Clarisse Karasira
Clarisse Karasira performing in a Heroes Day concert In Kigali, Rwanda, in 2019. She has left Rwandan celebrity behind to forge a new career in Maine. (Courtesy Clarisse Karasira)
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In the video for her latest single, “Yewe Africa,” Clarisse Karasira walks through a town in Rwanda, clad in a simple leopard-print dress and matching headscarf. Behind her, people throng, jockeying for position to dance along with her or film her with phones, while bodyguard-looking types in vests keep them back. 

They are not extras. 

“We didn’t have a choice,” Karasira said, her voice rising a little bit in The Works Cafe on Temple Street in Portland, where we met coffee. “The people just started coming around as soon as I was in the street.” 

In Rwanda, Karasira is that famous, getting her start as an untrained 17-year-old with a passion for telling the stories of the less fortunate on Flash FM and becoming one of the country’s leading newscasters, focusing on children’s issues.

But her passion was music and she found herself struggling to find time to sing with the busy pace of broadcast journalism. “So I quit journalism to give enough time to music,” she said.

Before long, Karasira was a sensation, recognized everywhere she went.

Clarisse Karasira
Clarisse Karasira performs in August 2019 at the Iwacu Muzika festival in Huye, Rwanda. (Courtesy Clarisse Karasira)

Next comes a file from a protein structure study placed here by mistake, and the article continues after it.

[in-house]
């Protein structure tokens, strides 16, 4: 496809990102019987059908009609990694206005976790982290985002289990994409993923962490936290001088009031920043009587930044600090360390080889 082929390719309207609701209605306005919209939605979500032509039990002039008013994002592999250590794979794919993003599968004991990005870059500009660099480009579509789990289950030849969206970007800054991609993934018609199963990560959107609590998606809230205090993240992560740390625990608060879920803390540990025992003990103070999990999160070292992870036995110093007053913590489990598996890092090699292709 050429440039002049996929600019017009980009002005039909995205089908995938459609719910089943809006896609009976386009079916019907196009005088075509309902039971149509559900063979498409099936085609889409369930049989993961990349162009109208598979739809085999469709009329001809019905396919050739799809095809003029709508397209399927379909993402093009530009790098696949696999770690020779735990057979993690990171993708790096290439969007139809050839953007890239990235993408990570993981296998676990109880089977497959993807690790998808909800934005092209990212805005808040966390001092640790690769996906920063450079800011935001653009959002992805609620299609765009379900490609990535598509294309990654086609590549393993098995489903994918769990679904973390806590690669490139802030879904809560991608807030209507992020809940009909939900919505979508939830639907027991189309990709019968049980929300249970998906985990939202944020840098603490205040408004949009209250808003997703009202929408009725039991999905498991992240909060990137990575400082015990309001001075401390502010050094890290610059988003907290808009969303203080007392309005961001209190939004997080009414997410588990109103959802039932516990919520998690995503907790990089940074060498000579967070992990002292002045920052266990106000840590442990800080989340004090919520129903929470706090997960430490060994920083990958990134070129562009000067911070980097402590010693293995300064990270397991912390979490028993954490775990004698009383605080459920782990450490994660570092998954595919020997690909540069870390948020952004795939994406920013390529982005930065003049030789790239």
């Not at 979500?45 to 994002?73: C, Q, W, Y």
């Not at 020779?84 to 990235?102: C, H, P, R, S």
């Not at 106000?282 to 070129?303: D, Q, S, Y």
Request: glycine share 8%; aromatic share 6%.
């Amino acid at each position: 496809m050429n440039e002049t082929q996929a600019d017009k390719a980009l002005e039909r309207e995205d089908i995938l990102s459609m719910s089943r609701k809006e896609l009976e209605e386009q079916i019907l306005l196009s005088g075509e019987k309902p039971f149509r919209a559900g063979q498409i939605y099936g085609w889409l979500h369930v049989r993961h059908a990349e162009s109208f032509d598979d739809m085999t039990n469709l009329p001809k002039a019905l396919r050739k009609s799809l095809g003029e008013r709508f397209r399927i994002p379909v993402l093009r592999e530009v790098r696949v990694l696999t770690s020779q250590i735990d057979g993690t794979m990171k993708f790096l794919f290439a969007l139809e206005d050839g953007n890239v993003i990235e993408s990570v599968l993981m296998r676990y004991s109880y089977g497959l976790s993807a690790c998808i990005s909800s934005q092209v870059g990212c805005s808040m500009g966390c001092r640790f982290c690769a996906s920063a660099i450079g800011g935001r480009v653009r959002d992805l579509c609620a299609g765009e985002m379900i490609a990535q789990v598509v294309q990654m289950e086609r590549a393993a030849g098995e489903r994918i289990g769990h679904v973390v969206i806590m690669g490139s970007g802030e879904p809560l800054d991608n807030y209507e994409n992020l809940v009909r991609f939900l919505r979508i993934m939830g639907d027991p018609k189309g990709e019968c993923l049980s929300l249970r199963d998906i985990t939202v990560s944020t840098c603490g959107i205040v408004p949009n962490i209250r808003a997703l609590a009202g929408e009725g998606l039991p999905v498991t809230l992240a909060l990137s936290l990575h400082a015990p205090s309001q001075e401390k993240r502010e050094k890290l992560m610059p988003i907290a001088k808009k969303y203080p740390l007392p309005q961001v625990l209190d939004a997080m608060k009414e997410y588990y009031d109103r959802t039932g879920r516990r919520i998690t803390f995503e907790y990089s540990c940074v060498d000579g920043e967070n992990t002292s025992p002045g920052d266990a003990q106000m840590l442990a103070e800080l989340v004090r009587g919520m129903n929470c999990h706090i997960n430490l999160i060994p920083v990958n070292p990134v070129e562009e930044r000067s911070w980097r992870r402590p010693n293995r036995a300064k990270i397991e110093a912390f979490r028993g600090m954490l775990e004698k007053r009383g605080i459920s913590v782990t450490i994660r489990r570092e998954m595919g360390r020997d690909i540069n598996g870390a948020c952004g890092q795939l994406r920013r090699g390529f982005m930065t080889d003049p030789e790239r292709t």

Her first big song, “Gira Neza,” which roughly translates from the Kinyarwanda as “be kind” or “be generous,” came after that career change in 2018 and saw Karasira getting back to the traditional music she learned in her home, like the music of Miriam Makeba. Her mother directed the choir in the church where her father served as pastor and she and her three brothers learned to drum and sing and dance. 

“Women drumming is not that common,” Karasira said. “But I grew up playing drums.”

A week after the release of “Gira Neza,” the video was already climbing toward a million views – “and that’s a big deal in my country,” she said. “To get a million views is a huge number in a country where not everyone has internet.” 

The next time she went to the market, things got wild. “Everyone was clapping,” Karasira recalled. “People started reaching out to touch me. My driver said, ‘Come on. Now you are a star. Don’t ever do that again!’”

The album she eventually released in 2020, “Inganzo Y’umutima,” is certainly well done, a mix of folk songs with Karasira’s voice mixed to the fore, resonant and warm, with some ’80s-style production. It is most obviously African because of the non-Western rhythms, hard to air-drum along to for someone brought up on 4/4 timing, but it is not out of character with other devotionals and gospel that is not exactly mainstream pop in the United States. 

What explains her popularity? 

“People fell in love with that young woman coming up with her great message,” said Karasira’s husband, Sylvain Dejoie, who was drawn to her music’s message of compassion and unity after having studied at the University of Virginia’s Contemplative Sciences Center as a Dalai Lama Fellow and the Watson Institute in Boulder, Colorado. He returned to Rwanda on a mission to lead with an understanding of how to be mindful and a focus on ethical and entrepreneurial leadership.

“A lot of musicians are just focusing on the music of love, sex, negativity, and only that,” Karasira agreed. “To sing about universal values is very rare.”